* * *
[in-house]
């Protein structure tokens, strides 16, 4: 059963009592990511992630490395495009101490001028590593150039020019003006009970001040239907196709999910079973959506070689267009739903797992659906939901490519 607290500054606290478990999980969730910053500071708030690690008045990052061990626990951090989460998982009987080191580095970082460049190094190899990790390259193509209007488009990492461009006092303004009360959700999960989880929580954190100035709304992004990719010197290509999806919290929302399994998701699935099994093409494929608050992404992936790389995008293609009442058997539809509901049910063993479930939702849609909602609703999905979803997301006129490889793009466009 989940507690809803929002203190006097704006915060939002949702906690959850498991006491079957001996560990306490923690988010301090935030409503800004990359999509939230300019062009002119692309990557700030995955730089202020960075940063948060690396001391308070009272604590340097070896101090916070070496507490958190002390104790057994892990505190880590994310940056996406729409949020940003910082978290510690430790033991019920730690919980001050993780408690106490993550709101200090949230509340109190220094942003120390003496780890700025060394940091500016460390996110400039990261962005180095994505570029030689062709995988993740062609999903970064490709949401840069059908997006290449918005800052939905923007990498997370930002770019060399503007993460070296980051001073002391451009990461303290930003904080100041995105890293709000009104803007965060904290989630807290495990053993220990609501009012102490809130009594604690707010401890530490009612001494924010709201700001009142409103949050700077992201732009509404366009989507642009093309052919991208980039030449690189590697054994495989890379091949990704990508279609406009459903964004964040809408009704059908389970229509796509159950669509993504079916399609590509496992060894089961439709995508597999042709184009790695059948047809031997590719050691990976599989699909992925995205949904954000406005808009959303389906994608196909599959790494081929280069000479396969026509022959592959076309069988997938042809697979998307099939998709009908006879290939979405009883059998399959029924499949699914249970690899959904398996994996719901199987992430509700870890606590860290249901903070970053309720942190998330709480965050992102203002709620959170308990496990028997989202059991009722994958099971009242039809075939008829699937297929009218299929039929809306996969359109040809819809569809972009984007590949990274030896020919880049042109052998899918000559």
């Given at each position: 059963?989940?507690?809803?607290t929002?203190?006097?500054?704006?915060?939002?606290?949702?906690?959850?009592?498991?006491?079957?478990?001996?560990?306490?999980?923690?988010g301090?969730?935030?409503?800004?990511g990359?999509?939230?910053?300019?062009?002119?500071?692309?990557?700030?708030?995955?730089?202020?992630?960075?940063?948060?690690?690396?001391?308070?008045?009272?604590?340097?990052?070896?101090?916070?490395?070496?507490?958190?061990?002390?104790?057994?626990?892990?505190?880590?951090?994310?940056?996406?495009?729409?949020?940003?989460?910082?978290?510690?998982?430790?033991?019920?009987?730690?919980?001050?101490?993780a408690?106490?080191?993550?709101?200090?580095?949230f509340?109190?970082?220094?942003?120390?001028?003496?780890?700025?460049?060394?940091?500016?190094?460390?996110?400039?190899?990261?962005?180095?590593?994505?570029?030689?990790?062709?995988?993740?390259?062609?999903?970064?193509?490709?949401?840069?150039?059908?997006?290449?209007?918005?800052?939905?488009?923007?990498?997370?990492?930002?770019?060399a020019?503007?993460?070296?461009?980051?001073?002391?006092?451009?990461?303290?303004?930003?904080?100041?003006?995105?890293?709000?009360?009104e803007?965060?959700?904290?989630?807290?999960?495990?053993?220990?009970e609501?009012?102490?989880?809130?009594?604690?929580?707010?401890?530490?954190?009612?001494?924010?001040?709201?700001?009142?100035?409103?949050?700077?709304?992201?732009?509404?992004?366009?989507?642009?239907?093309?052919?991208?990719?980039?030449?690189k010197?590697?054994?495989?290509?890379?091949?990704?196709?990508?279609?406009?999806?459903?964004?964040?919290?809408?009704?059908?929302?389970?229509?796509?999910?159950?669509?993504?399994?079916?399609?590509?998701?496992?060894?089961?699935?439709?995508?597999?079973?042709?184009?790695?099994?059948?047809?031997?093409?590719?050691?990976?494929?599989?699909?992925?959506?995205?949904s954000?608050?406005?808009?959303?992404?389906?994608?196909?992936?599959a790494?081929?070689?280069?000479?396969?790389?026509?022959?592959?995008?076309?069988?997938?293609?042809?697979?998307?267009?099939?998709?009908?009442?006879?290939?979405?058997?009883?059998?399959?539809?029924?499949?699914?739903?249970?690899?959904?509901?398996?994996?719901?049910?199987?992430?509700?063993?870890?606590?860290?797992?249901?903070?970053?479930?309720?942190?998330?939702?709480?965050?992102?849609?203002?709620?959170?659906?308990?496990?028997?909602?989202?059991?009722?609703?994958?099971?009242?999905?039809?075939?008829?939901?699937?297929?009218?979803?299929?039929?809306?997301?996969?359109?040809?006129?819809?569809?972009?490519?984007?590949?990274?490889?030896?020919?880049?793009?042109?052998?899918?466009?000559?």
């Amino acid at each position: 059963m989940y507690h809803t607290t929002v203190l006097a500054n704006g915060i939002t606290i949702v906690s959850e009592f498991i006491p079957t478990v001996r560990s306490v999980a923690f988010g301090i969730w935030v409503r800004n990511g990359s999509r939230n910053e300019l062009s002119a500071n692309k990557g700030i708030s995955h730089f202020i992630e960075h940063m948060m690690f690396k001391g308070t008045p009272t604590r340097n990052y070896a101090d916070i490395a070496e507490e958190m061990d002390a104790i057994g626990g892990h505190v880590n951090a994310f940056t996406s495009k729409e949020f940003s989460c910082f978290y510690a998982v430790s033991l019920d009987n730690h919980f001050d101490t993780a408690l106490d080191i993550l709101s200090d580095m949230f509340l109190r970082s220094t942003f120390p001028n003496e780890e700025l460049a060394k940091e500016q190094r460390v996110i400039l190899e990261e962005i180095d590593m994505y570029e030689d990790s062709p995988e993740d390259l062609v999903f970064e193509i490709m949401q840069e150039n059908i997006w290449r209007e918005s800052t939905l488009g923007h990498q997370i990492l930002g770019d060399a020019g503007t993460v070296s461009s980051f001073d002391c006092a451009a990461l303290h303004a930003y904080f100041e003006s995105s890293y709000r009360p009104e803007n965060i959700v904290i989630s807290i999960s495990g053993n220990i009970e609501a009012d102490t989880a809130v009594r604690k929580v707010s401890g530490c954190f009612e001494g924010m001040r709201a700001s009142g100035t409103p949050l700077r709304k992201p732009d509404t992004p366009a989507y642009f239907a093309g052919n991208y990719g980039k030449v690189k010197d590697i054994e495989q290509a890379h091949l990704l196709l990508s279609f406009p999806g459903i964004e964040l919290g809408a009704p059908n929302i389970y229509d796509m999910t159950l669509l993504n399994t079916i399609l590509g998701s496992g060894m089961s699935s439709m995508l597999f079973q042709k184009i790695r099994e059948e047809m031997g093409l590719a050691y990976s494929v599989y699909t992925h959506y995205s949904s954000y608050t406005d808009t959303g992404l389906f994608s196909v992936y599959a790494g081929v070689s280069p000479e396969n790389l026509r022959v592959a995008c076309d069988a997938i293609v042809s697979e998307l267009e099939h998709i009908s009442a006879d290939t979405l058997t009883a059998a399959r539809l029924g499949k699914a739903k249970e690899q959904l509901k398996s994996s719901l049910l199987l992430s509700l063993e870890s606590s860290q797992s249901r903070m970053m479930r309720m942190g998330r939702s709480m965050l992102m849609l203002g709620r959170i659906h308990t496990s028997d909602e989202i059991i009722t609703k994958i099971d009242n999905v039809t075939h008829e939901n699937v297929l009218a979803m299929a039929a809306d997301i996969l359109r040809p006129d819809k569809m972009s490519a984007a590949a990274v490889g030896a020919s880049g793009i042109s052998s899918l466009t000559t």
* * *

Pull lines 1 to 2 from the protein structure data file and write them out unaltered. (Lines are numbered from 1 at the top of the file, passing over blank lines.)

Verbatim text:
[in-house]
């Protein structure tokens, strides 16, 4: 059963009592990511992630490395495009101490001028590593150039020019003006009970001040239907196709999910079973959506070689267009739903797992659906939901490519 607290500054606290478990999980969730910053500071708030690690008045990052061990626990951090989460998982009987080191580095970082460049190094190899990790390259193509209007488009990492461009006092303004009360959700999960989880929580954190100035709304992004990719010197290509999806919290929302399994998701699935099994093409494929608050992404992936790389995008293609009442058997539809509901049910063993479930939702849609909602609703999905979803997301006129490889793009466009 989940507690809803929002203190006097704006915060939002949702906690959850498991006491079957001996560990306490923690988010301090935030409503800004990359999509939230300019062009002119692309990557700030995955730089202020960075940063948060690396001391308070009272604590340097070896101090916070070496507490958190002390104790057994892990505190880590994310940056996406729409949020940003910082978290510690430790033991019920730690919980001050993780408690106490993550709101200090949230509340109190220094942003120390003496780890700025060394940091500016460390996110400039990261962005180095994505570029030689062709995988993740062609999903970064490709949401840069059908997006290449918005800052939905923007990498997370930002770019060399503007993460070296980051001073002391451009990461303290930003904080100041995105890293709000009104803007965060904290989630807290495990053993220990609501009012102490809130009594604690707010401890530490009612001494924010709201700001009142409103949050700077992201732009509404366009989507642009093309052919991208980039030449690189590697054994495989890379091949990704990508279609406009459903964004964040809408009704059908389970229509796509159950669509993504079916399609590509496992060894089961439709995508597999042709184009790695059948047809031997590719050691990976599989699909992925995205949904954000406005808009959303389906994608196909599959790494081929280069000479396969026509022959592959076309069988997938042809697979998307099939998709009908006879290939979405009883059998399959029924499949699914249970690899959904398996994996719901199987992430509700870890606590860290249901903070970053309720942190998330709480965050992102203002709620959170308990496990028997989202059991009722994958099971009242039809075939008829699937297929009218299929039929809306996969359109040809819809569809972009984007590949990274030896020919880049042109052998899918000559």